Travel back in time with a visit to world heritage-listed buildings and natural wonders in Western Australia.
From convict settlements to Indigenous meeting places, there’s so much to explore when it comes to history and heritage in this vast state.
Valley of the Giants
The Valley of the Giants is a region in the south west, popular for its iconic tree top walk, suspended 40 metres above the ancient forest.
For a unique historical experience, however, visitors should wander along the Ancient Empire Walk. This trail passes 400-year-old red tingle trees, which can only be found in Australia. The path offers clues into the lost world of Gondwana, the supercontinent formed about 550 million years ago after several ancient continents collided. You can walk into the hollows of these ancient trees, and immerse yourself in the beauty of the forest.
The Valley of the Giants is located on the traditional land of the Noongar people, and the name ‘tingle’ is believed to be similar to the Indigenous term for the ancient trees.
Fremantle Prison is the largest convict structure in WA, built in the early 19th century. It began as a place to house imperial convicts, with nearly 10,000 prisoners passing through the hallowed halls between 1850 and 1868. The prison remained in operation until 1991, even serving as a place to hold prisoners of war during WWII.
Now, this historic site is the location of many fascinating tours and attractions. The torchlight tour takes visitors into the prison at night to learn about dark and ghoulish tales of hauntings and hangings, as is definitely not an experience for the faint of heart. You can also sign up for a tunnel tour and explore the network of tunnels that run under the gaol, built by prisoners hundreds of years ago. Discover the original blast holes, sections only accessible by boat, and artefacts from days past.
Ancient fossil remains cover the walls of this beautiful cave, located 15 minutes from Margaret River. Here, you can venture along the boardwalks and platforms set up to take you to the heart of the cave system. There are more than 10,000 fossils, believed to be the largest collection of Megafauna (giant animals) in Australia. These creatures became extinct around 46,000 years ago. The most famous of these animals has to be the 50,000 year old ‘Zygomaturus’ jawbone, which is about the size of a cow.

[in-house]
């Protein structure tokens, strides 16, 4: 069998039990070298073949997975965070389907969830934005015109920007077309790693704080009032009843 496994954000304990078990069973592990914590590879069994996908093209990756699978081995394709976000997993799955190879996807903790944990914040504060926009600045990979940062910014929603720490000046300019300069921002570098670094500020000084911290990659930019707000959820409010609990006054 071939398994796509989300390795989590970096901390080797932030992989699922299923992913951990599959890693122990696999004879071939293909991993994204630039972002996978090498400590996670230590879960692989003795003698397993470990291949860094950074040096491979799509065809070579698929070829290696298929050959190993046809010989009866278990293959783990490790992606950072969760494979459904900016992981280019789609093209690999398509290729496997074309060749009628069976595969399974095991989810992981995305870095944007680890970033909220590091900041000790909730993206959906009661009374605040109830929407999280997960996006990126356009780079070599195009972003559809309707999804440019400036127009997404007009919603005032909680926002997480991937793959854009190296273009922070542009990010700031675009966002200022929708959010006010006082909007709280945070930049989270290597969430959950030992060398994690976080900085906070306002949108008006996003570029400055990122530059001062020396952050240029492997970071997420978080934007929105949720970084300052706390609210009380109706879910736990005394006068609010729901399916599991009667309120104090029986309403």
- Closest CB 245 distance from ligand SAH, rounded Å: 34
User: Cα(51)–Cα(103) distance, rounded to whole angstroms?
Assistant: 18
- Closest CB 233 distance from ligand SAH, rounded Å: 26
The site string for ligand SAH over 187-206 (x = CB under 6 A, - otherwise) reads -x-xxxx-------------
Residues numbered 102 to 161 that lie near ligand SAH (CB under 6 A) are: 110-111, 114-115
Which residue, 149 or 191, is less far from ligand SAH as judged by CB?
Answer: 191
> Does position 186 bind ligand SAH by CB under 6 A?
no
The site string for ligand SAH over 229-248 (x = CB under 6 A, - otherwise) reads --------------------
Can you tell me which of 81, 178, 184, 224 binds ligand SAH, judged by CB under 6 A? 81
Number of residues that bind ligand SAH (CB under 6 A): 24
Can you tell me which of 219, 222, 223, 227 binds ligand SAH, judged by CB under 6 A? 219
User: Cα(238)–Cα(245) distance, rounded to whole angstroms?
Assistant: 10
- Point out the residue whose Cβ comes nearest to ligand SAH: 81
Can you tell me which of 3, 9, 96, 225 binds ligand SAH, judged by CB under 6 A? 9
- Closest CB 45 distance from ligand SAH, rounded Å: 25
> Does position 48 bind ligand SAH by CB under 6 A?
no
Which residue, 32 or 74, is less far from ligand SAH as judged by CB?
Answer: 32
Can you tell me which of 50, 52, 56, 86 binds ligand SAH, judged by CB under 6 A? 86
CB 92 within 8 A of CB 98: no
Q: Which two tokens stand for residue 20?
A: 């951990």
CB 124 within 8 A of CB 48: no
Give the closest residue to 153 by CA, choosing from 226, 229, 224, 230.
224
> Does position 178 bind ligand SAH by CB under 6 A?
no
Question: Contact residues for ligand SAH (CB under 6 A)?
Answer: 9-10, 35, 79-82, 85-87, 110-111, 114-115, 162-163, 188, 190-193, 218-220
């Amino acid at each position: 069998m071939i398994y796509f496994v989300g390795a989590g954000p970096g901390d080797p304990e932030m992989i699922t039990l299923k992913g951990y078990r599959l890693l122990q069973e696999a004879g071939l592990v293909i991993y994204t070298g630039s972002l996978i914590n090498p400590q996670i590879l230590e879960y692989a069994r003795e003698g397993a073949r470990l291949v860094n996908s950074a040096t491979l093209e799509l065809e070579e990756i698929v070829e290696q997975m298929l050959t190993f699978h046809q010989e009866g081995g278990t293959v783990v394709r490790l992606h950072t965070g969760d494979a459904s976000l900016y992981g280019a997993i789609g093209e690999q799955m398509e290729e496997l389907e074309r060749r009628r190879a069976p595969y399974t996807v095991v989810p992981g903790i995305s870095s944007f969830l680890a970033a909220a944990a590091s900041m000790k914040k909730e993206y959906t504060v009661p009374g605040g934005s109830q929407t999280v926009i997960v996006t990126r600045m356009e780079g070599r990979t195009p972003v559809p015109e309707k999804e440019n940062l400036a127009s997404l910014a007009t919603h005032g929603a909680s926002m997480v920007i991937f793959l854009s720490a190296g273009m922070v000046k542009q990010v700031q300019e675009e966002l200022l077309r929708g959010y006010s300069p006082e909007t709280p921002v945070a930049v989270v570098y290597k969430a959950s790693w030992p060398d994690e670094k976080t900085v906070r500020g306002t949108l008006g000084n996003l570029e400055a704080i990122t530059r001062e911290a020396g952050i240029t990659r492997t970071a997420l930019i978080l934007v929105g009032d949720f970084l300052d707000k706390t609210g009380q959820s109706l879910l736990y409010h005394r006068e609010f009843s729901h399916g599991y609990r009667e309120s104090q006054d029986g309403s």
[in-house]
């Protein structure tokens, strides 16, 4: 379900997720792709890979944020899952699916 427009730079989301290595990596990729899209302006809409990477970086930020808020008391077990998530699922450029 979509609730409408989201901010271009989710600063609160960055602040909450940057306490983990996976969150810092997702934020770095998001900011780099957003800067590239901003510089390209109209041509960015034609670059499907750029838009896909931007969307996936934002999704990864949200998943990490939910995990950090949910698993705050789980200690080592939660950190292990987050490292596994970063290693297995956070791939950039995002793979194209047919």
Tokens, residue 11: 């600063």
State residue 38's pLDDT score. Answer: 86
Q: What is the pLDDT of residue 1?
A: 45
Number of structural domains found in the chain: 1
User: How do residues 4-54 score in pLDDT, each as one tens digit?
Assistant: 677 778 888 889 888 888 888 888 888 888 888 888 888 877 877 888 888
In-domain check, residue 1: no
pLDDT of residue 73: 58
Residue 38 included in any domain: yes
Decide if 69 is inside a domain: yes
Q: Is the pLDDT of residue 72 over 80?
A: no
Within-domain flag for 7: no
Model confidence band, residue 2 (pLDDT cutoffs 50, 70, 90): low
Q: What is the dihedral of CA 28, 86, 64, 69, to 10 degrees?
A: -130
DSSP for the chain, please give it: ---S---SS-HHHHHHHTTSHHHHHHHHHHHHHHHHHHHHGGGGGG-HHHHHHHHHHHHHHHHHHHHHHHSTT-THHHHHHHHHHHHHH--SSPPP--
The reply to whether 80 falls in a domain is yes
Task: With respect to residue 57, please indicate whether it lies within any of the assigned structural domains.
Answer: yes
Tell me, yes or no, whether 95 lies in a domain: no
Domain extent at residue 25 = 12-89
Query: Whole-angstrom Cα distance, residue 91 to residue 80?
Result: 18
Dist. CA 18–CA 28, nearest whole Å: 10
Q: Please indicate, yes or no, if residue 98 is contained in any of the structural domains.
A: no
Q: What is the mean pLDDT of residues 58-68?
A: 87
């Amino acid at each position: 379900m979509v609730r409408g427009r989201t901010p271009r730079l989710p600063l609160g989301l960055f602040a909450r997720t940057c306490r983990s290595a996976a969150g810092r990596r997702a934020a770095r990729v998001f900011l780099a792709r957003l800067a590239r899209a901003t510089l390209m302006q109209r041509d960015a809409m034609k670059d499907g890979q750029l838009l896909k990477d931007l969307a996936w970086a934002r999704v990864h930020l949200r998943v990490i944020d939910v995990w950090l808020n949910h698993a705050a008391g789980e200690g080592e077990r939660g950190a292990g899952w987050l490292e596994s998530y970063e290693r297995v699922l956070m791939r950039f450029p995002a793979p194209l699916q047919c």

To access Mammoth Cave, you will need to make your way through the stunning marri forest. Once you reach the entrance, you can opt to take a self-guided audio tour, which provides unique insight into the prehistoric world in front of you.
Just south of the town of Onslow sits the remains of the original town, Old Onslow. It was established in 1885 as a hub to export wool from surrounding sheep stations, named after Sir Alexander Onslow, the Chief Justice of Western Australia at the time. Sadly, changes in the Ashburton River made it difficult for ships to moor here, and by 1925 the town was moved 18 km away to the site of the modern town.
When visiting, some of the best ruins to explore include the gaol, the courthouse and the police station. You can step back in time, and imagine what it was like to live in this small port town hundreds of years ago.
Fremantle Roundhouse is the oldest surviving public building in WA. It was initially used as a convict gaol in the Swan River region, and has since been employed as a police lock up and accommodation for the Water Police.
This fascinating spot is open daily for visitors to explore, and is the home of several important executions, floggings, and famous prisoners. The roundhouse also offers amazing views over the harbour and ports of Fremantle, making it a great place to take some photos and soak up the landscape.
Elverd Cottage is the perfect place to learn more about the town of Kojonup and its history as a British Military outpost. Elverd Cottage was home to J.C.Elverd, a British soldier who was offered fifteen pounds and ten acres of land to look over the convict colony. It is one of the only surviving Pensioner Guards homes still remaining in Australia.
At the cottage, you can learn more about traditional farm machinery, wander through a colonial garden, and visit the blacksmith’s shop. Inside the building, you can also discover how prison guards conducted their daily lives.
For more history in Kojonup, try the self-guided historical town walk, which takes you past 52 important sites in town. This includes the Noongar Sharpening Rock and the oldest continually licenced hotel in Western Australia.
A list of important historical sites in WA wouldn’t be complete without acknowledging the 45,000 year history of the Whadjuk Nyoongar people, the traditional owners of the land. In particular, there are many important Indigenous sites found in and around the city of Perth. By following the Whadjuk Country map, you will gain insight into the history of Australia’s First Nations People before the arrival of white settlers.
This includes the Swan River which, according to Dreamtime Stories, is said to have been carved by giant rainbow snake spirits. These spirits are known as Waugals and look after all fresh water sources.
The land beneath the Murray Street Mall is another interesting spot on this walk. It used to be an important trading place for the Nyoongar people, where they swapped important ceremony items such as Wilga (ochre). There is evidence of Wilga from Western Australia being traded as far as South Australia.
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